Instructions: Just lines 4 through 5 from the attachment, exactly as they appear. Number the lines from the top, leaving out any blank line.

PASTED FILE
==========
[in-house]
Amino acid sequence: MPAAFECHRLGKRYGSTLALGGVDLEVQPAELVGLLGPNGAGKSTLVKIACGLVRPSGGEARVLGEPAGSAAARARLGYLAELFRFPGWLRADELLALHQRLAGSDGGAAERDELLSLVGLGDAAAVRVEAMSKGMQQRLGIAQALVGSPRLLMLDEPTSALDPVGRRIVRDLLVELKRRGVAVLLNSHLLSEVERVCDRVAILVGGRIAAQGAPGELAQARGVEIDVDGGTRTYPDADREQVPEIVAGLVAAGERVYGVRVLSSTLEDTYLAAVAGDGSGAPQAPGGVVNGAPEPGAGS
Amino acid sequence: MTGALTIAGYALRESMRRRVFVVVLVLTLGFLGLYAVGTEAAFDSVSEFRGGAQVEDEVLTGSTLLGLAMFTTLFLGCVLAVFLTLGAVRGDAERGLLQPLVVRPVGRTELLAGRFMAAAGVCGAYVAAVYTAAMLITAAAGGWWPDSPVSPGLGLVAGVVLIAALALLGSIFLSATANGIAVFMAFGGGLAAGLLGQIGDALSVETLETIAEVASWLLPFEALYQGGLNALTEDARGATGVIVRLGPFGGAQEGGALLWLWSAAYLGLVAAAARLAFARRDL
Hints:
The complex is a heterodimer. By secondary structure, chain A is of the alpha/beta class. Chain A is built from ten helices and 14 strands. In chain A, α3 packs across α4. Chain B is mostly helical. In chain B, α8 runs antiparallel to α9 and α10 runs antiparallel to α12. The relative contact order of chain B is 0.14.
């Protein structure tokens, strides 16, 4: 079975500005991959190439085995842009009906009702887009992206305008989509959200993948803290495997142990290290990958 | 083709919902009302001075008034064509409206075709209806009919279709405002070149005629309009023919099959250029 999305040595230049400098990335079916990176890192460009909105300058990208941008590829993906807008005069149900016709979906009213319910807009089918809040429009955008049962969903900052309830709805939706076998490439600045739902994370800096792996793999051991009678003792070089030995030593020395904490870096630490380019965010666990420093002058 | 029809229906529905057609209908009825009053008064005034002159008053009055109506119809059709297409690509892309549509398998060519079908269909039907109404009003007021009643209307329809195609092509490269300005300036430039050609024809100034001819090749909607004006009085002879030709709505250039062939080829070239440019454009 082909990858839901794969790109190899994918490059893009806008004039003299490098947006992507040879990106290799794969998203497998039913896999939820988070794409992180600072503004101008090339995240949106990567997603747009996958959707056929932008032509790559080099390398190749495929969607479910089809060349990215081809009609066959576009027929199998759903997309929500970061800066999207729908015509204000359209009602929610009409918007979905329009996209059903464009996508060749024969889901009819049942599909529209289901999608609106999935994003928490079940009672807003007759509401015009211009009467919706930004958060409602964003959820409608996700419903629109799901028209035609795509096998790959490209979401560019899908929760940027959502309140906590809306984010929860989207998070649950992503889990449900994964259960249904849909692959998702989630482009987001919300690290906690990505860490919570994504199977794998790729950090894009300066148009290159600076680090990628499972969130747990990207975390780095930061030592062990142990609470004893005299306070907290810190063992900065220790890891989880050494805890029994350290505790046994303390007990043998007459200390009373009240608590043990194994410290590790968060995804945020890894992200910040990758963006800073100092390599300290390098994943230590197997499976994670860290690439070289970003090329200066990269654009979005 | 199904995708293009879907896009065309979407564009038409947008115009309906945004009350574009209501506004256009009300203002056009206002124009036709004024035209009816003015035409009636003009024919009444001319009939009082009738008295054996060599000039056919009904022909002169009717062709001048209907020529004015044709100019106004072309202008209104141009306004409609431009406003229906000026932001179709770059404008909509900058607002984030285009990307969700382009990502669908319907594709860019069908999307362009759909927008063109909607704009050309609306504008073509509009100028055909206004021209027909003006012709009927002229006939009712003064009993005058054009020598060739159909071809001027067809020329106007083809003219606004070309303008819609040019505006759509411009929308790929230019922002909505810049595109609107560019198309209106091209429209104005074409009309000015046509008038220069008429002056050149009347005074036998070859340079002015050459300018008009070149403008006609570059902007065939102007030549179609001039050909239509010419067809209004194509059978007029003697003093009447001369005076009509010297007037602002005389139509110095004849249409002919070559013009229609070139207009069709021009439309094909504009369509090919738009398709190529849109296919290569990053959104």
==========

Hints:
The complex is a heterodimer. By secondary structure, chain A is of the alpha/beta class. Chain A is built from ten helices and 14 strands. In chain A, α3 packs across α4. Chain B is mostly helical. In chain B, α8 runs antiparallel to α9 and α10 runs antiparallel to α12. The relative contact order of chain B is 0.14.